That Tuesday, the seventh, was one of the coldest in years. Bundled to the eyeballs, people waded against the wind, which seemed to converge from three sides. The few cabs in service crawled ahead at foot speed, unable to stop short on the packed ice. I gave up trying to flag one and walked to Lathon's, ducking into doorways to catch my breath.
In his office, Lathon was apologetic. He'd seesawed all day about canceling the session, but was loath to, given the density of his schedule. At last, he'd called each of the members at work and presented them with the option. None, however, wanted to wait the two weeks, and so, for better or worse, we were on.
It was warm, even sultry, in the larger of the two rooms, as the old radiator hissed like a samovar. The light from the sconces was dialed down, conferring a soft, benedictory glow. In the slim kitchenette, a pot of water was brewing. Grouped beside it sat a cluster of whimsical mugs, each festooned with the caricature of a genius--Michelangelo woozy on his Sistine scaffold, having bumped his head on the ceiling; Thomas Edison, fright-wigged and medium crisp, after sticking his finger in a socket. The inscription below each was identical: no pain, no gain: dull planet.
"They were given me by a former patient," said Lathon. "A very sweet woman, but she made pottery out of all my pet phrases. Nearly put me off of pet phrases forever."
I took my tea in a van Gogh and sat in the chair set apart for me; presently, the wall phone buzzed. Lina and Peter were the first arrivals, entering within moments of each other. Beet-faced and dazed from the assaultive cold, they hung their coats on the rack in the foyer, and warily introduced themselves.
"My God, that wind, it's like a tornado," said Lina, rubbing her arms for warmth. "I was afraid it was going to pick me up and throw me across the street. I'm just glad I ate a heavy lunch today."
This last was uttered with an anxious laugh that sounded rather more like a sob, and which quickly established itself as Lina's signature, punctuating much of what she said. She was a tall, gaunt woman with slightly bowed shoulders, as if she had walked a far distance carrying suitcases. Her handsome face had Hellenic lines--
a long, thin nose and elliptical mouth, and nut-brown eyes of
great expression. Beneath those eyes, though, were the markers of suffering--plump, dark circles that conveyed exhaustion and a surplus of stored-up sadness. She was somberly dressed in a black suit and pale blouse, and wore, by way of adornment, only a plain strap watch.
As would be her way for the next several months, Lina took the chair directly across from Lathon, where she was at all times within his sightline. Peter, on the other hand, chose the seat most obscure to him, two over on the right-hand side. (Tonight, the "circle" of chairs was shaped more like a diamond, with Lathon at home plate along the left-hand wall, and Peter down the line at first base.) Within moments of settling in and shaking off the chill, Peter began to perspire. He dabbed self-consciously at his neck and temples, and wiped both palms on his pant legs. Embarrassed to be seen at it, he stuffed his hands under his thighs, and adopted a queasy smile.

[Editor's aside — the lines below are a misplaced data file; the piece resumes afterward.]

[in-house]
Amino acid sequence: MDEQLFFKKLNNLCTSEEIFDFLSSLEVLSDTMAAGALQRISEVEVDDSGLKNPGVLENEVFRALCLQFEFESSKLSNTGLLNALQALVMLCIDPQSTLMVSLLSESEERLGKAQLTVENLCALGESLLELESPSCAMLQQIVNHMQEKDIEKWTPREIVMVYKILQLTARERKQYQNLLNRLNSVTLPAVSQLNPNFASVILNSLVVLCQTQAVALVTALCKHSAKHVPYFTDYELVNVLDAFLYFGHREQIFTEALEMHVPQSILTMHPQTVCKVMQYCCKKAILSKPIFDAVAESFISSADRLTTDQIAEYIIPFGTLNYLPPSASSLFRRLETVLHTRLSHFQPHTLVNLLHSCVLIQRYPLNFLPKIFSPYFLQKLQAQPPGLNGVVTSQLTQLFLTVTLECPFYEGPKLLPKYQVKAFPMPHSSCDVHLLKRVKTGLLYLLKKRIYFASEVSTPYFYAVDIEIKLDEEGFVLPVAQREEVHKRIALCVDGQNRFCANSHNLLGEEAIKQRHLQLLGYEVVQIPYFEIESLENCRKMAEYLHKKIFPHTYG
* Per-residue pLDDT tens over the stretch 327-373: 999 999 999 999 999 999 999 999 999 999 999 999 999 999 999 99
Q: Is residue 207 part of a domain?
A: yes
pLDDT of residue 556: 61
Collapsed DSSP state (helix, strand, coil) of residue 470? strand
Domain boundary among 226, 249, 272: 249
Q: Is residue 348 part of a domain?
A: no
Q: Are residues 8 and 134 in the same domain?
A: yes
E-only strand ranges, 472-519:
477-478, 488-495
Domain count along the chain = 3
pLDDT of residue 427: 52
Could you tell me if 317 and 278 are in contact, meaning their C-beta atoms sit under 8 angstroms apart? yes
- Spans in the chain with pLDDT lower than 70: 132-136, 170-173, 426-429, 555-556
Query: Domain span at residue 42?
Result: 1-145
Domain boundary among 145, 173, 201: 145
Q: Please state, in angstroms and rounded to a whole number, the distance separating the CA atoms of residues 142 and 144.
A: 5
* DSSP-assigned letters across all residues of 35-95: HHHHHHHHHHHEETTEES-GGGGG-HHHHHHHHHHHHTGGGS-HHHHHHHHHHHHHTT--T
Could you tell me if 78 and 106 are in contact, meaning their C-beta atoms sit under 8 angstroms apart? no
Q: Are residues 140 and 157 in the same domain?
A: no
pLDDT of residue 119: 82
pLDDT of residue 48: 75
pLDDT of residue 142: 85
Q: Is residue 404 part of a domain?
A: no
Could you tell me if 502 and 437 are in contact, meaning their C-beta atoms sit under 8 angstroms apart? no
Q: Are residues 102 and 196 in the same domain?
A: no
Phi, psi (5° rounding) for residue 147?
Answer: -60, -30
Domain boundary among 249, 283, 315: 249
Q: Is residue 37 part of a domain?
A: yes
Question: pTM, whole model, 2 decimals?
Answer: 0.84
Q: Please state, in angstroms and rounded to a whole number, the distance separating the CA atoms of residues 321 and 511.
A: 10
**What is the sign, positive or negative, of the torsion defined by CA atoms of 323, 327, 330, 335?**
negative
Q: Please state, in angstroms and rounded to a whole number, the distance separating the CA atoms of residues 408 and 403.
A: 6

He had a sweet, solicitous face of the sort not seen much in these parts--earnest green eyes; soft, fair cheeks; and a gently rounded forehead that suggested charity. His gray suit and tie seemed deliberately bland, chosen for their indistinguishability from the thousands just like them on Broad Street. So, too, with his glasses, whose thin steel rims shrugged off any pretensions to style. The only trace of vanity could be seen on top of his head, where he'd composed what remained of his baby-fine hair in a plane as thin as spring ice.
At twenty to seven, three of the other members showed up, in more or less lockstep procession. Sara, the former model turned magazine editor, blew in all out of breath but looking radiant. Dressed in a gray cable-knit over velvet stretch pants, she had the sort of effortless, tossed-together glamour of a woman who'd grown up skiing the Alps. She wore no makeup beside a flicker of lip gloss, and had her black hair tied in a knot. And though she'd filled out becomingly since her days in front of the camera, her face had held on to its Modigliani beauty, all length and shadow and oblique angles.
Reprinted from GROUP by Paul Solotaroff by permission of Riverhead Books, a member of Penguin Putnam Inc. Copyright © 1999 by Paul Solotaroff. All rights reserved. This excerpt, or any parts thereof, may not be reproduced in any form without permission.
Blood at the Root
"A gripping, timely, and important examination of American racism."
- PW Starred Review
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